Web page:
My bedtime reading at the moment is "On Beauty" by Zadie Smith, and "Hundstage und Krokodilstränen" by my sister, Luisa Francia, which I have named "the little green book". Zadie's book is so lovely, a proper old-fashioned novel with a contemporary feel to it; I am really enjoying reading it. I found her first "White Teeth" really interesting, too - but it was what book reviews like to call "flawed", it didn't really flow, it stumbled over its own ideas and descriptions which, however, gave insights into a world of London immigrants that was pretty much unknown to me. "On Beauty" is a much more familiar format, a novel about two families, about academia, about ideas, about race - but in such a lovely non-banner-waving way that you can't help but getting sucked into it. My favourite character is Levi, the youngest son - he is so mellow, so devoid of badness, so lovely, and just a little bit dumb.
About Luisa's book, sadly available on ly in German, all I can say is - it makes me laugh, it makes sense, it's provocative (oh - really??) and I think it should become standard reading for everyone who gets on a soap-box about the environment and carbon foot prints etc.

Monday, 4 August 2008

A story from the old old days


My Mother, her friend, her friend's mother, and I. Why?

My Mother told us a story yesterday, when we pestered her with THE question again ("did you really not know about anything during the war"?) No, she really didn't, she was young and she was having a whale of a time all through the war. For her, a good time mainly meant skiing and walking in the mountains and giggling with her girl friends, and when the air raid alarm sounded they all went to a friend's garden and played cards. In 1945, when no-one was allowed to travel anywhere, she and her friend walked illegally across the Austrian border to collect their skis which they had left up in a mountain hut in the winter. Skiing, in those days, was nothing to do with jet-set and white-painted lips and ski-lifts: you put hairy skins on your skis to walk up the hills and then you skied down (I still remember that from my childhood).

Once, she cycled all the way across Bavaria - illegally - to visit her sister in hospital with a broken leg. Another time, she had to go up to Munich to find a hospital place for her dying father: she did not recognise anywhere, because it was all rubble.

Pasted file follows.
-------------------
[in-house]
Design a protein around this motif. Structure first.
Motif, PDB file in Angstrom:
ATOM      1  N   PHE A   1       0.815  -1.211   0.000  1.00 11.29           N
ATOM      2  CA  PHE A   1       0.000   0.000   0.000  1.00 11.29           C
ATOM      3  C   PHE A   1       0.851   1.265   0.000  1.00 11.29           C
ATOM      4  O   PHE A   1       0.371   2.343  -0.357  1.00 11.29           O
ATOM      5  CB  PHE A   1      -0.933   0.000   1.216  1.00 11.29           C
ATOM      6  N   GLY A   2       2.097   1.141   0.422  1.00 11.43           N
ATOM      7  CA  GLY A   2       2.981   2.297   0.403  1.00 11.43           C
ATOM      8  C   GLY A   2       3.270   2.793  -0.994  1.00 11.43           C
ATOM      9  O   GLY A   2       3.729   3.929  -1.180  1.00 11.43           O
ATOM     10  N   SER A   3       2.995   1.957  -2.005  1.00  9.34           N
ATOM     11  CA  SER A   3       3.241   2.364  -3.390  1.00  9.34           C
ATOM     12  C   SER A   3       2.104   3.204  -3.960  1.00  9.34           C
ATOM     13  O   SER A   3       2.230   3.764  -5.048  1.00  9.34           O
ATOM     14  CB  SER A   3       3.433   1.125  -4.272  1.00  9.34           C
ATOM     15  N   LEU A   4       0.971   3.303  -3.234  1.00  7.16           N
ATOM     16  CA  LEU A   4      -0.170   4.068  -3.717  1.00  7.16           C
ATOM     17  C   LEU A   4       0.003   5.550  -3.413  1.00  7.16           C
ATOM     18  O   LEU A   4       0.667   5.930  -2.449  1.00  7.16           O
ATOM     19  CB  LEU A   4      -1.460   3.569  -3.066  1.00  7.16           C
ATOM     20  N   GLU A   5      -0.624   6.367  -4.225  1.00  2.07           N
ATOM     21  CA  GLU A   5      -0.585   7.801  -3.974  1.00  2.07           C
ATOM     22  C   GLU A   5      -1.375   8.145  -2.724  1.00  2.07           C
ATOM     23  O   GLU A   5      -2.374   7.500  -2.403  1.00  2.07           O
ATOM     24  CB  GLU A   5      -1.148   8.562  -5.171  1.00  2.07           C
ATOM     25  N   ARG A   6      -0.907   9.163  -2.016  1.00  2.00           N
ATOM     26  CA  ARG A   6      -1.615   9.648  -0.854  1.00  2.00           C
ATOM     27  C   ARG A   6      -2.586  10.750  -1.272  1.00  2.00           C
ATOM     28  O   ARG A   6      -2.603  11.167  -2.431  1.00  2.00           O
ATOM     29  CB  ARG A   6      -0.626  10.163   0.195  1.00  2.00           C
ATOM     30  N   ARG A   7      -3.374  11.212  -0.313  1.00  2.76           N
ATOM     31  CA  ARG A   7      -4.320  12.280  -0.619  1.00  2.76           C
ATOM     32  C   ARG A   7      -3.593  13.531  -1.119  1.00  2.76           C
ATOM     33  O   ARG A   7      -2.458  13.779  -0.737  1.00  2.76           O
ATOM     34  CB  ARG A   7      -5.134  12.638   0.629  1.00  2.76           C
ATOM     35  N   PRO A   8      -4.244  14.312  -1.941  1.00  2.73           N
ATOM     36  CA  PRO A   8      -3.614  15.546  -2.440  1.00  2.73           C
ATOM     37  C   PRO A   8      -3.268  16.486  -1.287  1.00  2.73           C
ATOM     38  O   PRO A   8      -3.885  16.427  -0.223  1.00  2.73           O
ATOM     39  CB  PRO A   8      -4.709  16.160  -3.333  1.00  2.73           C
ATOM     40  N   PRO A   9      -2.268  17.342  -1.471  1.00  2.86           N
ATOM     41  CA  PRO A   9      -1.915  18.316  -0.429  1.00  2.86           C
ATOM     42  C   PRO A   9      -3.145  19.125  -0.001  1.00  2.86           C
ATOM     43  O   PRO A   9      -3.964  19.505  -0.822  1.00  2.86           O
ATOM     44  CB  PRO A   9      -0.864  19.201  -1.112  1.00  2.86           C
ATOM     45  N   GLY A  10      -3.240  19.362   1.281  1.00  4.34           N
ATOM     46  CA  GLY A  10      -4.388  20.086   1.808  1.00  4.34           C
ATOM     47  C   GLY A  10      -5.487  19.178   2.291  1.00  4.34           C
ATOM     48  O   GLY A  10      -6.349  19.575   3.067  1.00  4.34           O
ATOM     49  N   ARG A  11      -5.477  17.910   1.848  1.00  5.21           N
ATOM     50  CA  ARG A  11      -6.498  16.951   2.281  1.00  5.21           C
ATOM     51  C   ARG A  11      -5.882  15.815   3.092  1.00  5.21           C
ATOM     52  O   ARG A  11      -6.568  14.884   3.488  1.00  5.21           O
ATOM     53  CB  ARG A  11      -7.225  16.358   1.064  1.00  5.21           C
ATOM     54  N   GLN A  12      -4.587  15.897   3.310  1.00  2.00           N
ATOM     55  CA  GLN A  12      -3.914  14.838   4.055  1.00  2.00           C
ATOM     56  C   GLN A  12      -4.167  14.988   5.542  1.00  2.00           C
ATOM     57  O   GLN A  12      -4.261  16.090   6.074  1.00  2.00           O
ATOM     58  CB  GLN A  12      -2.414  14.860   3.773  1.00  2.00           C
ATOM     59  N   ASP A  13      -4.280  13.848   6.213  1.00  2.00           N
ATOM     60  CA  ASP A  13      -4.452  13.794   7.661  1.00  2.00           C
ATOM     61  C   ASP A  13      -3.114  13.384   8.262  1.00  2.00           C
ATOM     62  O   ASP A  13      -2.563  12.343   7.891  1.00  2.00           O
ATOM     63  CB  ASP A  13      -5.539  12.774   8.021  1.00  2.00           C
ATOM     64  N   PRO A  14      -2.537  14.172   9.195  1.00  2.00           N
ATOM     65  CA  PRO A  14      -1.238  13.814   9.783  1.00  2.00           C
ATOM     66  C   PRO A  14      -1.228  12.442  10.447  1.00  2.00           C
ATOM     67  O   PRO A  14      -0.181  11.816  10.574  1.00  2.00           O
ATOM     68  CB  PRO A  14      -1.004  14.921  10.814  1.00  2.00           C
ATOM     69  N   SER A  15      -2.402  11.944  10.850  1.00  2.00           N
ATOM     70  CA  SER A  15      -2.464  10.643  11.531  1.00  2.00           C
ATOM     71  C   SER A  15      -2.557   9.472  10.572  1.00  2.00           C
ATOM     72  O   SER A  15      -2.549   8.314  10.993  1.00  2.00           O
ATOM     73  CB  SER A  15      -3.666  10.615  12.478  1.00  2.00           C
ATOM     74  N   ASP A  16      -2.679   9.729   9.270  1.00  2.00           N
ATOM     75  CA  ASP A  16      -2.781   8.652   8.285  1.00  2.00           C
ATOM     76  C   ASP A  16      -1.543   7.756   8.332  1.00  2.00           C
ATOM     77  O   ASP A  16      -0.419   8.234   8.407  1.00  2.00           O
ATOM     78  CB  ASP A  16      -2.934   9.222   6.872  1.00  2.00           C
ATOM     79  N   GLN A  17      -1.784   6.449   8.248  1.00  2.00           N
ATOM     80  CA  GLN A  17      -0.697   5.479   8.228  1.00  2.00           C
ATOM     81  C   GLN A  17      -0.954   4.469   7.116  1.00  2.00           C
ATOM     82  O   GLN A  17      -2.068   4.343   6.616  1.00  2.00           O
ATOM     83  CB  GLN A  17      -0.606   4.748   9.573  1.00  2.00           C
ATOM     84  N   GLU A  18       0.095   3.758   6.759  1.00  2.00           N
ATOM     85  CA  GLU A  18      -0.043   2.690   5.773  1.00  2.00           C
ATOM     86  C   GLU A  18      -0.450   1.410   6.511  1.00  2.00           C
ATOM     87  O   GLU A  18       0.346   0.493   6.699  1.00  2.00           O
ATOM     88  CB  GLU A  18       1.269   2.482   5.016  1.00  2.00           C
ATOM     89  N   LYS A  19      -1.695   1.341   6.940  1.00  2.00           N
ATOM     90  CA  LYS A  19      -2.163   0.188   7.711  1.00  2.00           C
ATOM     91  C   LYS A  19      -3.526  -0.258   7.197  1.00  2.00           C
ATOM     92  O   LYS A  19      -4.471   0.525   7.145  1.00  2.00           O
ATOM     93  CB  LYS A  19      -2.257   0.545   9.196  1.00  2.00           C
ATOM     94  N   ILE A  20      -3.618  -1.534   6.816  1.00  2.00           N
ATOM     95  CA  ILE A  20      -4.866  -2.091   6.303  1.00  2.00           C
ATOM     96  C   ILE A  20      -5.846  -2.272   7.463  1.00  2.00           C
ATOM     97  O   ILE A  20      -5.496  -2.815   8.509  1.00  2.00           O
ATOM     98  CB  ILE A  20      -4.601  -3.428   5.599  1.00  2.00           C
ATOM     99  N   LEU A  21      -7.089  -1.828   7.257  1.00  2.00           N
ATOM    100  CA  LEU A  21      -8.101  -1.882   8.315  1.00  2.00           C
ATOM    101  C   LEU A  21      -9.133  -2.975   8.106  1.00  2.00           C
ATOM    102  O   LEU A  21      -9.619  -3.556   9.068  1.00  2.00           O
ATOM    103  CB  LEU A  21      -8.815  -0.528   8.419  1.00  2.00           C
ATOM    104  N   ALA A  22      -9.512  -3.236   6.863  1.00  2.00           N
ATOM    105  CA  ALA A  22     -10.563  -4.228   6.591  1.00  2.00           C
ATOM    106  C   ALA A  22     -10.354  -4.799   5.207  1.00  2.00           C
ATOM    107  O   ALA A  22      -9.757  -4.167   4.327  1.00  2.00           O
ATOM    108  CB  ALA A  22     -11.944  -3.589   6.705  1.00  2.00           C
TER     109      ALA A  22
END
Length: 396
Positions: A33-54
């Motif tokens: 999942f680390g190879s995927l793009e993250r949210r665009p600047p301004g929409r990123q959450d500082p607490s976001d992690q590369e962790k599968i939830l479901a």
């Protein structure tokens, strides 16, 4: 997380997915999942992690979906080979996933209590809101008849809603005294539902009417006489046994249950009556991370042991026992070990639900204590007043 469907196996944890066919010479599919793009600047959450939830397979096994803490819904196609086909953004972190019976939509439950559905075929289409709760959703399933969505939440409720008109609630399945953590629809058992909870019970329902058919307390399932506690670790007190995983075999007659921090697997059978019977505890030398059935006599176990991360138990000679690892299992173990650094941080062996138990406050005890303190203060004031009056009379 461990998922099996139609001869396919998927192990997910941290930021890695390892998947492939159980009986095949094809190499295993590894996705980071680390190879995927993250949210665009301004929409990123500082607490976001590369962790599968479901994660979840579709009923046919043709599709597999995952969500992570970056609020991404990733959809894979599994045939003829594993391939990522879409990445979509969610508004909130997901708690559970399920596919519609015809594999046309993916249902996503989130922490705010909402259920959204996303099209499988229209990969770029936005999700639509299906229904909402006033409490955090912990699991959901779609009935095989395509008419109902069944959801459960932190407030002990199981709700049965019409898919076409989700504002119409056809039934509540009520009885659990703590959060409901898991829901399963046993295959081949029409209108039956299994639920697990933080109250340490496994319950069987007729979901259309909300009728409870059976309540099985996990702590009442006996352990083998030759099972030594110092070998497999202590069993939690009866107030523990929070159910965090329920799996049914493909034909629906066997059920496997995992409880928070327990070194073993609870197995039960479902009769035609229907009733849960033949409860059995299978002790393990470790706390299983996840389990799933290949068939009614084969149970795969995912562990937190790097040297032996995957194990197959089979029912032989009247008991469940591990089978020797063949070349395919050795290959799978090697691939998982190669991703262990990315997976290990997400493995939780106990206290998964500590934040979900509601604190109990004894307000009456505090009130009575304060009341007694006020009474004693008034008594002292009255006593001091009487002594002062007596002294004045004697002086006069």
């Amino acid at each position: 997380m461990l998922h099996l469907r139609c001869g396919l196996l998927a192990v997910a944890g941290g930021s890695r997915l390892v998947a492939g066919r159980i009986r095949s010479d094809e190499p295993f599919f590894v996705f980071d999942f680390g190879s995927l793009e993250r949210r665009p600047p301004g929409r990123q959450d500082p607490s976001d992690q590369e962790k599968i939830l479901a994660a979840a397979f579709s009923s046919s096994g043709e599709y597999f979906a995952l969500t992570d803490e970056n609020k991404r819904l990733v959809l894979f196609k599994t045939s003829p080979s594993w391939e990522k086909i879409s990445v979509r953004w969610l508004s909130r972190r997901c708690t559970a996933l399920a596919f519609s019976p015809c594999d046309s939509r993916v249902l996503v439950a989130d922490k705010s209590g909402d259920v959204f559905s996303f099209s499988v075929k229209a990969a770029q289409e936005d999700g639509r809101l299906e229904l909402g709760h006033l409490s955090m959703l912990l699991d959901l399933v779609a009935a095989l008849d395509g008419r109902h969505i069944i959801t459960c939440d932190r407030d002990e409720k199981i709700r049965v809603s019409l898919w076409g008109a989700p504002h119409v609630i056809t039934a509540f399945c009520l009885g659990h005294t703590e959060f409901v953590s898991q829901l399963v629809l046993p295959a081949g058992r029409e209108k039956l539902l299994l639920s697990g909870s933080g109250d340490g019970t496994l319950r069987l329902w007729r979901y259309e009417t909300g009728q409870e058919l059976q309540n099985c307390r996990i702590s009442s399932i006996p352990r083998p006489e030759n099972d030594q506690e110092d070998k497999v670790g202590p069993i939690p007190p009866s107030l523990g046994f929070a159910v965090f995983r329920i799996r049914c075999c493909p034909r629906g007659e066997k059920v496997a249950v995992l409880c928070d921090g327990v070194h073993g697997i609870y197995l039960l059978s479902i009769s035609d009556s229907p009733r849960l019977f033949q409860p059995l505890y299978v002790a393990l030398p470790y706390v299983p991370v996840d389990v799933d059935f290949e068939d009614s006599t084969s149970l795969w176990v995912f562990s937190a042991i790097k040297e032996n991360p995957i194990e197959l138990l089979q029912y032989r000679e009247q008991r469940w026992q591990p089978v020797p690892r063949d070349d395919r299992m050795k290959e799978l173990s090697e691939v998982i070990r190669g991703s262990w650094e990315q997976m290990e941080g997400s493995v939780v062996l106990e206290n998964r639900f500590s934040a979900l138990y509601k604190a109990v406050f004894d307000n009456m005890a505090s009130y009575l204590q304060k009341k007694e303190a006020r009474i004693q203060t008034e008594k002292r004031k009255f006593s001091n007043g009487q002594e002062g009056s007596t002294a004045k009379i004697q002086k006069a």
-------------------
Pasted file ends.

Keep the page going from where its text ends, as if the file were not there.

She had a beau, an American soldier stationed in her town, who walked her home from work every day. And every day, when she said good-bye to him, he asked: "Why?" She didn't know what "why" meant, and asked the neighbour upstairs, who told her what she thought he wanted. But my Mother had no answer for him - or I might be American now.
"Why" is probably a good start for a lot of things.

Sunday, 3 August 2008

Holiday begins at home


Summer...

Street parties - dinner in a country barn - hardly any work pressure - our Mum back on Sunday outings
birthdays - sunshine - plum cake
and i finally got paid...its all too good to be true at the moment.

Saturday, 2 August 2008

August 2nd


Before we went to have dinner at Nomiya with my sister whose birthday it is today, M. and I went to the coolest record shop in München, Optimal. They were having a street party with the band BrassBanda (out on Trikont Records, the old home of the Resisters and many other off-beam, leftie and global bands)
and we bumped into a series of friends.
Here is Ulla, for example.
Munich still in party mood, the bridges full of bands, stalls, buskers and instant beer-gardens, everyone seems to be either milling about or sitting outside food stations.

Friday, 1 August 2008

Bells ringing


I just watched a little programme about Dunwich in Suffolk - on German TV, mind. About two young architects from Munich who applied to build a sculpture to memorize the lost city of Dunwich which was washed away by the tide. The project was rejected by the 114 locals, who bravely resisted becoming another art tourism venue.
In 1086, just 20 years after the Norman conquest, Dunwich was a thriving town of 3,000 people. with 6 parish churches. Apparently, the one thing all visitors ask the locals is "can you still hear the bells ring under the sea?" Fancy people seriously believing that - doesn't that show how desperate we are for wonder!

On the official web page for Dunwich there is a poignant note:
"Local teenager Luke Durbin went missing on May 11th -2006".

The coast is still being eaten away by the sea, slowly slowly.

The English east coast is lovely from bottom to top Southwold, Aldeburgh, Cley-next-the-Sea, Cromer, Holy Island, Robin Hoods Bay, Whitby, Amble, Berwick-upon-Tweed. One day I want to see it all, again.

Summer and food


It's been really hot squelchy summer at last, this week was madly busy with things like looking after Mum who just came out of hospital - she is fine but needs to be encouraged to eat. A woman who used to love and celebrate her food, she now looks at her food like a child faced with a bowl of spinach!! I have the secret suspicion that both she and my Aunt never really liked my home-cooked food, despite friendly protests to the contrary (no it's delicious! Just don't feel hungry right now)...There is something I just don't do right for the dear Oldies...Still, when we go out, she still tucks in quite happily.
Last night everyone was out by the Isar, where preparations were made for the weekend's Brückenfest, "Bridges Festival"

München is like one big garden at the moment, with everyone sitting out. I have been eating and drinking outdoors every single night this week!